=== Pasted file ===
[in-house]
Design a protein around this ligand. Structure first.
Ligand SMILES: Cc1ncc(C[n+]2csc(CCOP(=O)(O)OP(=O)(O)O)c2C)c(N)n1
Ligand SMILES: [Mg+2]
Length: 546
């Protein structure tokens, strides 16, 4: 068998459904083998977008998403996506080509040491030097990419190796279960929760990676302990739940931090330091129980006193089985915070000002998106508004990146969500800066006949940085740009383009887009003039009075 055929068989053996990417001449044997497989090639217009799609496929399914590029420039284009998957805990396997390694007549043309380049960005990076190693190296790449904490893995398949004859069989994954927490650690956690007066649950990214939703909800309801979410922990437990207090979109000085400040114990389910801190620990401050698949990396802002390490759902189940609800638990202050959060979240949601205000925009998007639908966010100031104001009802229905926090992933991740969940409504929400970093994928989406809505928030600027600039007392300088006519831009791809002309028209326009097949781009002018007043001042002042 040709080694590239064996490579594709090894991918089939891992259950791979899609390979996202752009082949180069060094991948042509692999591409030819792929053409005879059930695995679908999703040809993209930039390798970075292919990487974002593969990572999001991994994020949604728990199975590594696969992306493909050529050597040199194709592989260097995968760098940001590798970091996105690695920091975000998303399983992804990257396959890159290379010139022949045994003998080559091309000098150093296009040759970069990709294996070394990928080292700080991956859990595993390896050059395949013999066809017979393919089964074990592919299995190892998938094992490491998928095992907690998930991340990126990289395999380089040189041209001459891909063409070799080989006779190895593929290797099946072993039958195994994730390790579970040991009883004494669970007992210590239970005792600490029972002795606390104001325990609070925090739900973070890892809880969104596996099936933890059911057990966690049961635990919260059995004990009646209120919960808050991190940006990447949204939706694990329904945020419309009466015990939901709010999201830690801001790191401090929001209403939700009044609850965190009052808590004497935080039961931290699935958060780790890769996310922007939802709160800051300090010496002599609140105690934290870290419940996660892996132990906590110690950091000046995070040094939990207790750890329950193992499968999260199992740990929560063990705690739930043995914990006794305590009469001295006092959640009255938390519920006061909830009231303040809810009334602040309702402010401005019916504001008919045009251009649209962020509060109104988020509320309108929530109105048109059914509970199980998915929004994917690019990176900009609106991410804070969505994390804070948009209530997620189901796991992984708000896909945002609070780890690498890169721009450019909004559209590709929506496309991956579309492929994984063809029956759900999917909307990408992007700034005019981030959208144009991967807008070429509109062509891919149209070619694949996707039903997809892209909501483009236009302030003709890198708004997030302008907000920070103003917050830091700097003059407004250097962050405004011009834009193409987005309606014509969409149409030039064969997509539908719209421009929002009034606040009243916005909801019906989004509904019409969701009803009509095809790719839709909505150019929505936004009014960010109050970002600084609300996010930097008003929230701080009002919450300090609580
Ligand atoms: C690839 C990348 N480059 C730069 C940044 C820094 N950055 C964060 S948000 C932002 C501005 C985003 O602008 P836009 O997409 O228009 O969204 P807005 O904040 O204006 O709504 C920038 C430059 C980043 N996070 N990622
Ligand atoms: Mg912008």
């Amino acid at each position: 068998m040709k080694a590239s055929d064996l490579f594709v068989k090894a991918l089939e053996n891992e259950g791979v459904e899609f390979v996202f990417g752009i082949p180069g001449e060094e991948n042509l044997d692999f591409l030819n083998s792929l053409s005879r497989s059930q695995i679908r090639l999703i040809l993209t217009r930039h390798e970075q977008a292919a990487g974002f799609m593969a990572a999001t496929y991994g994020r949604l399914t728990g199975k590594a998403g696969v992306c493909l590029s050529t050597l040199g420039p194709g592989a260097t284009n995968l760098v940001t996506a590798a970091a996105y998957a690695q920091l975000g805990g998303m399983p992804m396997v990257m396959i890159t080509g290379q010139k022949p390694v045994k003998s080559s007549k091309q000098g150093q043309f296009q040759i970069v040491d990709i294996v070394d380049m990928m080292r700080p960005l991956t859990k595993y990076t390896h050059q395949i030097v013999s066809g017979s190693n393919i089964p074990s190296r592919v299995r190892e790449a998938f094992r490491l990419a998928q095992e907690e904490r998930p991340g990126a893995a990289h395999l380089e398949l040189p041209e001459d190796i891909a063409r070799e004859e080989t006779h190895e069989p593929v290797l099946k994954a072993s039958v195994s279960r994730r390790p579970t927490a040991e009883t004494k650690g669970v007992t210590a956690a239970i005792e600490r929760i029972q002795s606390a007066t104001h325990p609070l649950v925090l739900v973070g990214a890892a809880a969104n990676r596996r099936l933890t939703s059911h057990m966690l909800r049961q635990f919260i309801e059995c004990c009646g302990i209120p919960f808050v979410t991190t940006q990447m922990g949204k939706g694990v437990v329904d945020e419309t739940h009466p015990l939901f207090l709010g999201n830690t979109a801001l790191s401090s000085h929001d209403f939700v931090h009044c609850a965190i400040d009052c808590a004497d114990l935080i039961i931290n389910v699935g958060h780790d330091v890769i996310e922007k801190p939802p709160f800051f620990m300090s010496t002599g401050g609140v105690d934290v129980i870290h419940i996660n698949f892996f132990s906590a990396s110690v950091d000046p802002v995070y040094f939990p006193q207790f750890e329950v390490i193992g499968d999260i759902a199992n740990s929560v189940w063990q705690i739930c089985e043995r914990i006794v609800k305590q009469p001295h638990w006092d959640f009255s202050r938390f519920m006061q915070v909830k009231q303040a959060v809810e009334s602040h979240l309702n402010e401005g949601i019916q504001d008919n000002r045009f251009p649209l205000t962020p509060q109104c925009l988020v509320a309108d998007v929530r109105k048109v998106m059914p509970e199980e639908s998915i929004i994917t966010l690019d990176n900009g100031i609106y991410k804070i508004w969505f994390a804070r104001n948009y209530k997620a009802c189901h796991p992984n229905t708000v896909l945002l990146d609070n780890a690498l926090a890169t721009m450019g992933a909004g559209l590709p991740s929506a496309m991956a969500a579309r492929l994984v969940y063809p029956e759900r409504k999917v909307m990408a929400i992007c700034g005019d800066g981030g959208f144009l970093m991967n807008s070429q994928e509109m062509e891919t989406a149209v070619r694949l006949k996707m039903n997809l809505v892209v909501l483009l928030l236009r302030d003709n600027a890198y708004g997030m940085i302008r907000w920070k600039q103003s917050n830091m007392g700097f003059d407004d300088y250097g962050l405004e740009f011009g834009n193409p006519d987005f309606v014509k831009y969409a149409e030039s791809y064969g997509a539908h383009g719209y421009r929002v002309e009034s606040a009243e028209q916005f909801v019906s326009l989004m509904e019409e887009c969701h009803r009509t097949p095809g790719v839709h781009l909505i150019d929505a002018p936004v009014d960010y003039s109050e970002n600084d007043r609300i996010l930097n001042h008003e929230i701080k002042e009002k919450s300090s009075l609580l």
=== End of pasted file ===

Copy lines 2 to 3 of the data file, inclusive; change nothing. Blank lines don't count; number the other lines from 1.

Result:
Design a protein around this ligand. Structure first.
Ligand SMILES: Cc1ncc(C[n+]2csc(CCOP(=O)(O)OP(=O)(O)O)c2C)c(N)n1